Love letter was a surprise hit in my group. Everybody enjoys the fast pace and player interaction. It's just a shame that it only allows up to 4 players, because it seems like it would be better for say six players. I would have no problem buying a second copy of the game to shuffle the two decks of cards together, but I'm wondering if it would work in theory.

Has anybody got any suggestions as to how to try and increase the player limit?

  • If you've not already, I'd suggest looking at other similar games. Coup in particular takes six and has a somewhat similar feel.
    – xorsyst
    Commented May 13, 2016 at 16:31

7 Answers 7


If you're really up to it, you might want to buy the Love Letter Premium Edition which lets you play with up to eight players. It might be a bit different from the Love Letter you're used to though as it comes with new characters like the Assassin (which eliminates an opponent if that opponent forces you to reveal it).

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It's an official game though so I you can rest assured that it's been playtested and was intended to be played with more players. I hope that helps :)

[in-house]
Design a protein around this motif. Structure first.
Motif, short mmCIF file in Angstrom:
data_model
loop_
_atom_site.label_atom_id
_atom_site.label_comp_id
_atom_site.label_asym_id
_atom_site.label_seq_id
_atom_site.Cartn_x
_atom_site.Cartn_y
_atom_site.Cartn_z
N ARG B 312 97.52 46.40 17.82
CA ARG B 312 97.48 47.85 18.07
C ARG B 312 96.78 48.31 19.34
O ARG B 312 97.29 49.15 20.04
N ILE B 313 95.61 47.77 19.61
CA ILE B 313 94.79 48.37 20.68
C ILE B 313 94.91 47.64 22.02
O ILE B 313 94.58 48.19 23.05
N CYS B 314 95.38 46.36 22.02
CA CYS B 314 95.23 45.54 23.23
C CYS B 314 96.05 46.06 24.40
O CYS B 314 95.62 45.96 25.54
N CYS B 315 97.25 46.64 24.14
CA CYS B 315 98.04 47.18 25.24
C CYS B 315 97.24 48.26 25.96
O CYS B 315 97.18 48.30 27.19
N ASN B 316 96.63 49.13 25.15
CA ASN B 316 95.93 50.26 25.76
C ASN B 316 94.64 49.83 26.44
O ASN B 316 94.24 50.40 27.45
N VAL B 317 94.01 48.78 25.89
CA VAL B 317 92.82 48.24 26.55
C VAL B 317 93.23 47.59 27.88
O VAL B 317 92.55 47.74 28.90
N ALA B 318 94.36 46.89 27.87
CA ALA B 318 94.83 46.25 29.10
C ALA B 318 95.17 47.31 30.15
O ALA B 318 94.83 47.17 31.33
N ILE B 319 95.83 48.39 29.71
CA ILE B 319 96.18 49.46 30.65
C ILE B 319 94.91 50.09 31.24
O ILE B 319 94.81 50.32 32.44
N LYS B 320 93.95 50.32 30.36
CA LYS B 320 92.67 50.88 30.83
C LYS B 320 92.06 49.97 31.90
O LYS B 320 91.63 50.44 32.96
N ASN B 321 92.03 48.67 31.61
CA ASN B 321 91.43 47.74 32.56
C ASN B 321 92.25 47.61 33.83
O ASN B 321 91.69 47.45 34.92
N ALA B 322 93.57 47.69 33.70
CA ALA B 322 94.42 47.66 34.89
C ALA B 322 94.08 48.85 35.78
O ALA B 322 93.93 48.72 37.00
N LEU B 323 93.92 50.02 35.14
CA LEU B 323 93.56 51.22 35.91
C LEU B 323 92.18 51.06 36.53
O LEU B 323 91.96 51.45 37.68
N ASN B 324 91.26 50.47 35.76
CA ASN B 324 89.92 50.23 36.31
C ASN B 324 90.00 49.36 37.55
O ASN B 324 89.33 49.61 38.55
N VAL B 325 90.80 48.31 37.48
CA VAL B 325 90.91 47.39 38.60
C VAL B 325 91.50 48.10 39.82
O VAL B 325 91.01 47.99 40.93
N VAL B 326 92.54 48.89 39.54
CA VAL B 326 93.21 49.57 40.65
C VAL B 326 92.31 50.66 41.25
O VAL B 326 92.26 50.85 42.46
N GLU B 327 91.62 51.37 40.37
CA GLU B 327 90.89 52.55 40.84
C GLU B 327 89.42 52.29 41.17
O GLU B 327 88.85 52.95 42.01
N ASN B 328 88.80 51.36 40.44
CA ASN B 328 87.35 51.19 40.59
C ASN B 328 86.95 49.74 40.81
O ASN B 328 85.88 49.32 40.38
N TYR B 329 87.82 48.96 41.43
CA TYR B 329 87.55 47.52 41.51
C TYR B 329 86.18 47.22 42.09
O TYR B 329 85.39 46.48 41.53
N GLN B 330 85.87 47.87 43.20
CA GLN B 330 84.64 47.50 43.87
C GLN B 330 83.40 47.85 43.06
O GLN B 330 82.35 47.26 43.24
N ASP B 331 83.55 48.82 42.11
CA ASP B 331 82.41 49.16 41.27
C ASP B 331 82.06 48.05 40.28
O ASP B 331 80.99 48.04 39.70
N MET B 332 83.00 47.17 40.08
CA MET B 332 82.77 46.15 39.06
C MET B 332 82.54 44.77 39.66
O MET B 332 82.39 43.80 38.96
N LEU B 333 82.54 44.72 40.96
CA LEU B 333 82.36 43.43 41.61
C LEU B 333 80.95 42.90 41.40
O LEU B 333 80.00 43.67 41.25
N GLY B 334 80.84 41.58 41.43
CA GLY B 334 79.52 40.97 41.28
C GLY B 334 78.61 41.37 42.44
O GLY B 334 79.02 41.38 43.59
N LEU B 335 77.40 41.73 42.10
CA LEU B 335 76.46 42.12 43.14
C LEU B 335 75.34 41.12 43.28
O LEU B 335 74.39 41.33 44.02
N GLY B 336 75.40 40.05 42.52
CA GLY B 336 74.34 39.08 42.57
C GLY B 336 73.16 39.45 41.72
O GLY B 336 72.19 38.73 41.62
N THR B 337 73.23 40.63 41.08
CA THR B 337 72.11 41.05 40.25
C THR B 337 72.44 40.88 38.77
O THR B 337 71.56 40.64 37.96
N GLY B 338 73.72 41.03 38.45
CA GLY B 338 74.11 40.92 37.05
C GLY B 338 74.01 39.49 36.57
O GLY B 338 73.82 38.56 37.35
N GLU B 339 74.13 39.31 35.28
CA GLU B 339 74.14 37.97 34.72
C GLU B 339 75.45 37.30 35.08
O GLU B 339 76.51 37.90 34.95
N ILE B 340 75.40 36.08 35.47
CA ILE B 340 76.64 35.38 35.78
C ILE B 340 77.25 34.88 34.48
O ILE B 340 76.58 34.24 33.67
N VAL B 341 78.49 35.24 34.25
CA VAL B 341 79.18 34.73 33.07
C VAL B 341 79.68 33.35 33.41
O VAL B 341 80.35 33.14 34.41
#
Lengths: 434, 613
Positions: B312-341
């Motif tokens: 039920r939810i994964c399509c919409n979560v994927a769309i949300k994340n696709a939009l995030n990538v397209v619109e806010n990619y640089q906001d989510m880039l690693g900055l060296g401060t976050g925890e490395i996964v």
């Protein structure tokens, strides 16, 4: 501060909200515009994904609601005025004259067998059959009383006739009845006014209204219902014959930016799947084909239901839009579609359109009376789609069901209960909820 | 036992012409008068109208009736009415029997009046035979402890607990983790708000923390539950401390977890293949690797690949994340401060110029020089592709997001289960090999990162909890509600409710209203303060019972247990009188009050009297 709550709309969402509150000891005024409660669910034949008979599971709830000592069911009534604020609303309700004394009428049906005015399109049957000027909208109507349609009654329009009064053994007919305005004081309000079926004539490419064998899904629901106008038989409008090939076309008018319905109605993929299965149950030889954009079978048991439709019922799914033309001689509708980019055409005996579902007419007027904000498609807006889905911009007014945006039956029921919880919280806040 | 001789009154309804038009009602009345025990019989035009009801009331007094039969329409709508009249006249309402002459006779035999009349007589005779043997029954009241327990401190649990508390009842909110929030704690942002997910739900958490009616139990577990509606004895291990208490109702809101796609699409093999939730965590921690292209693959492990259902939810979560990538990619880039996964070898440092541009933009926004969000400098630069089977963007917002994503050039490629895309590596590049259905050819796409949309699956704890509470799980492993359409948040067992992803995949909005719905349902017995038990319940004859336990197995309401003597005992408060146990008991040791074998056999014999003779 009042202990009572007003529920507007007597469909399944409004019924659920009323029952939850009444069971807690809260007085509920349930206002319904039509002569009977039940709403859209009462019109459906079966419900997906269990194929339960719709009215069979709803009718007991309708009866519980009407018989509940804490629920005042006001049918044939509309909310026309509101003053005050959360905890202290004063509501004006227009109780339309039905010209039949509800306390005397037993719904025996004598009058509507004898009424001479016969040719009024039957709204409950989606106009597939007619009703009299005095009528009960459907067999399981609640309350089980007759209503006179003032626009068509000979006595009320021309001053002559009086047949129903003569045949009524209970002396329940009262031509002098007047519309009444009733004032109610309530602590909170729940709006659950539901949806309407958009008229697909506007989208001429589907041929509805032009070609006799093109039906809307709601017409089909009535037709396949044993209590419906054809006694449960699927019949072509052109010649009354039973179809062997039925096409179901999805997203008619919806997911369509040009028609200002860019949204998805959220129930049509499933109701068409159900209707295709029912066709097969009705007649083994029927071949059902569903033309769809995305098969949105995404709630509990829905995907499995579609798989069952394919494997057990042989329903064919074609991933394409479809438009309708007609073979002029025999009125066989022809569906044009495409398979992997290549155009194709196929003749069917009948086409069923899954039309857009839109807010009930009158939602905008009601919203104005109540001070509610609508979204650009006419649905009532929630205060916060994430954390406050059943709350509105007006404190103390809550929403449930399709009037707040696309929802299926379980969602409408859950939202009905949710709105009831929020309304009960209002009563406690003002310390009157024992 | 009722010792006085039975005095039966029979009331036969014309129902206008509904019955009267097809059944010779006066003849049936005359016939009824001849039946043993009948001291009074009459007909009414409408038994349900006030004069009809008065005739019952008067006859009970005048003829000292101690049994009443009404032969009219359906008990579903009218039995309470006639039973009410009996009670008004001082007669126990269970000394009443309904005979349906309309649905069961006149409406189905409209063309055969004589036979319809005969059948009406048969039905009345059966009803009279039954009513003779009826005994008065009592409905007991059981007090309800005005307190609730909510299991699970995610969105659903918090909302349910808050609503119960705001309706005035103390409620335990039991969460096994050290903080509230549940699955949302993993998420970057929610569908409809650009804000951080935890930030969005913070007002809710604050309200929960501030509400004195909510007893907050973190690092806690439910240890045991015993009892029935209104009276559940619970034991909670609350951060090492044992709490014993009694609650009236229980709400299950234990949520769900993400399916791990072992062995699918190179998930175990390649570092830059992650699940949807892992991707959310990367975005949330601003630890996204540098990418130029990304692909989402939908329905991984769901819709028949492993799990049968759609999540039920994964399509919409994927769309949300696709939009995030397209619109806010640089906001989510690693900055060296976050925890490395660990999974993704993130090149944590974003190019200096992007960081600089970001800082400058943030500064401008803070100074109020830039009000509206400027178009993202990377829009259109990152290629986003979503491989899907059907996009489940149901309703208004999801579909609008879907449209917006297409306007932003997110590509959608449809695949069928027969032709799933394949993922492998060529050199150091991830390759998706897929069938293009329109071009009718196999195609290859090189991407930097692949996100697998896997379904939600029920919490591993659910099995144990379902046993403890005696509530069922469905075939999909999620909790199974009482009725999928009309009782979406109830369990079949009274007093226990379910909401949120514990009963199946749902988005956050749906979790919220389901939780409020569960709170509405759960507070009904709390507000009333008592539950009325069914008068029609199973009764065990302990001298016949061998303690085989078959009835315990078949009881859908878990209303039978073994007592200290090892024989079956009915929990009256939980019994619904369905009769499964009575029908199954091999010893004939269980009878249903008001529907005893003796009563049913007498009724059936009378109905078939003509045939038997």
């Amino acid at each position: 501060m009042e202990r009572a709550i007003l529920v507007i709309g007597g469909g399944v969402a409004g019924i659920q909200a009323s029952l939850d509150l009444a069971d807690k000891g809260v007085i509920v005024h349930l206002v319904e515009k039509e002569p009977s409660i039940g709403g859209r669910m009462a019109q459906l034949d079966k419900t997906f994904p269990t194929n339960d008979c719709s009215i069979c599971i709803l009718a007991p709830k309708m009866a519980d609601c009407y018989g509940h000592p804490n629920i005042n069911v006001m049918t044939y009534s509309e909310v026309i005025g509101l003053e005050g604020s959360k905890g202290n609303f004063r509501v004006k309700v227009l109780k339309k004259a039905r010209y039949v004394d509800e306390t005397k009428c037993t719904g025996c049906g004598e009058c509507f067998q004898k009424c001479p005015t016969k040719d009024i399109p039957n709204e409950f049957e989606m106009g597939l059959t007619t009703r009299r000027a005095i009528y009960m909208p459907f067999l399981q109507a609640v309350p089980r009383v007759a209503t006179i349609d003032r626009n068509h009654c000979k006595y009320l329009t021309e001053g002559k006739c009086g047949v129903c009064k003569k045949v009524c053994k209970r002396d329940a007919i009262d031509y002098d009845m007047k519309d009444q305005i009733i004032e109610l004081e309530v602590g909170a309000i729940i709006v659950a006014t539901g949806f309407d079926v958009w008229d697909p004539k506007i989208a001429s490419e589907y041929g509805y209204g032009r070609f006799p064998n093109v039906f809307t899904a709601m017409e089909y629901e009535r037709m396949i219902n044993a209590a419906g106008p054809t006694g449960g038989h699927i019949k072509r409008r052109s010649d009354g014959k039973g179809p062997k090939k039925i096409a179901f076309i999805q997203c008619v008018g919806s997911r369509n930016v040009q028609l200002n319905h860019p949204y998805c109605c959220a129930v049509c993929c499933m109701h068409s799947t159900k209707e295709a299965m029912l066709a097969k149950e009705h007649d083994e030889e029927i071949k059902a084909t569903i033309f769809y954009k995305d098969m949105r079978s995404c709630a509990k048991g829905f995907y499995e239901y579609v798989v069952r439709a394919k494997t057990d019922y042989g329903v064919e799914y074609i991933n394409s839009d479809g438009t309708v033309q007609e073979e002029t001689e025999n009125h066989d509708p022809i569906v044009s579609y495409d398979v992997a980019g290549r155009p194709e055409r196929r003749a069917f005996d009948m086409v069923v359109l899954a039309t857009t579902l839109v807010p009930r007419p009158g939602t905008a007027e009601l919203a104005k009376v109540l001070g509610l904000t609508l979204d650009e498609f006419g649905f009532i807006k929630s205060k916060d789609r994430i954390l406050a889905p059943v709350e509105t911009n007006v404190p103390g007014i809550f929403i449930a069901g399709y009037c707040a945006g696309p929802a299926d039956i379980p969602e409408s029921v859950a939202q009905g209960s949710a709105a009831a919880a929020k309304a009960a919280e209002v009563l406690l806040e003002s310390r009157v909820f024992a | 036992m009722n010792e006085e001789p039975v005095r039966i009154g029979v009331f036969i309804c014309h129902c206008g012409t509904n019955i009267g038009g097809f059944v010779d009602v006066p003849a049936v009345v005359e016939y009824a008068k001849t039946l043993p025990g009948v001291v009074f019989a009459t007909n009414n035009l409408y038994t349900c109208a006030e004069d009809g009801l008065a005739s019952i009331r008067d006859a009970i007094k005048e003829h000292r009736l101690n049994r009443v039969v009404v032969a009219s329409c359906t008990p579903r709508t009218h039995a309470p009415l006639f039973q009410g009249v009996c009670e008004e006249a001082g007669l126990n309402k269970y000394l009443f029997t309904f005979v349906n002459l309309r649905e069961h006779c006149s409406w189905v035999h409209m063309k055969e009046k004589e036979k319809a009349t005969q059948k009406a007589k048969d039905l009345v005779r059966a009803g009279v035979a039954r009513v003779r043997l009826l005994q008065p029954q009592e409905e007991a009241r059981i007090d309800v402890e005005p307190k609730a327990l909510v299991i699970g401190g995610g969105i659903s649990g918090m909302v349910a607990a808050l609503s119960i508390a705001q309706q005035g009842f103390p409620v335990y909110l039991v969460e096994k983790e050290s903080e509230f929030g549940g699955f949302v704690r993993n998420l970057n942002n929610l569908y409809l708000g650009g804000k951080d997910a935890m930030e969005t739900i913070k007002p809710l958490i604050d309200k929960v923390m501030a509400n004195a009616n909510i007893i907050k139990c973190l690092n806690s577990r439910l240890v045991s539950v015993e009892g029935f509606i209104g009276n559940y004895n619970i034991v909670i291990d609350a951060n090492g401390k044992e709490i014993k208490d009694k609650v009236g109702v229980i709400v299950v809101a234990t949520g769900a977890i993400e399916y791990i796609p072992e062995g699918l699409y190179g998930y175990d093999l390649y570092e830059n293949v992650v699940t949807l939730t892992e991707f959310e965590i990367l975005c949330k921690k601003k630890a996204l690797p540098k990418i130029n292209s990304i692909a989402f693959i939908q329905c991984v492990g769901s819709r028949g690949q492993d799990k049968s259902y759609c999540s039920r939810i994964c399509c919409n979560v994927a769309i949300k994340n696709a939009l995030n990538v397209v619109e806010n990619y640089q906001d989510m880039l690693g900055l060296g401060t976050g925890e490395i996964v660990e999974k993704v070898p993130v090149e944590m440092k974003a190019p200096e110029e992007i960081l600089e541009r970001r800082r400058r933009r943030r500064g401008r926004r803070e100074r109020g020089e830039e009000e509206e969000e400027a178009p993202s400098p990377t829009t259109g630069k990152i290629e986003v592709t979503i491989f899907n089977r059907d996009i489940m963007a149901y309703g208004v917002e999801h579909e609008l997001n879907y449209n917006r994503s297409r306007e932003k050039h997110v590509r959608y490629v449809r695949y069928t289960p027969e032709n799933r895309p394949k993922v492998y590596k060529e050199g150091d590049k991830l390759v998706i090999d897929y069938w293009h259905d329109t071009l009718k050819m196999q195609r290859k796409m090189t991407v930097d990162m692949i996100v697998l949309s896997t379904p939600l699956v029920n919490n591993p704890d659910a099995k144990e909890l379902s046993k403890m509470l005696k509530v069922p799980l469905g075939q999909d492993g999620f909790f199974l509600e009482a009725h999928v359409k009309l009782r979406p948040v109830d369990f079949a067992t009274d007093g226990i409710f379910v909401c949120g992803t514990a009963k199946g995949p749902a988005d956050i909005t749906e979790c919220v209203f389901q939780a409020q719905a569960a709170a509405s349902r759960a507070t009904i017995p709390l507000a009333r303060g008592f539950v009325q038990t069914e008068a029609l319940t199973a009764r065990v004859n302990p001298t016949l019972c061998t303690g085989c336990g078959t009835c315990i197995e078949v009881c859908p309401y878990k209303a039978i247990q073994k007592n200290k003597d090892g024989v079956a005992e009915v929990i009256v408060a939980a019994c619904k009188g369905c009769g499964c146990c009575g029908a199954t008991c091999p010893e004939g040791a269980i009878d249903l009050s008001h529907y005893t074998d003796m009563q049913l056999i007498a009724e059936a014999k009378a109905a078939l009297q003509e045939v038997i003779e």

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    Don't invent it if it already exists and available for purchase. This should be the accepted answer.
    – Deo
    Commented Jan 11, 2017 at 12:49
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    To be fair, the Premium Edition wasn't out yet when the question was asked but I do think the OP can't do better than buy this now that it's out ;-)
    – R.K.
    Commented Jan 12, 2017 at 12:20
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    Ah, right, I didn't catch it was an old question. Well in that case - Lost Legacy. Same point.
    – Deo
    Commented Jan 12, 2017 at 15:56
  • Yup. I agree. No reason not to buy this now.
    – R.K.
    Commented Jan 13, 2017 at 6:17

One way that I use lets you accommodate up to eight players. You will need two decks of Love Letter cards, and two tokens distinctly different from the tokens of affection. Remove one Princess, and give each player two tokens. Play normally, but when someone would be out, have them discard their card and draw a new one. Then they get rid of one of the tokens. When they have no more tokens left, they are out.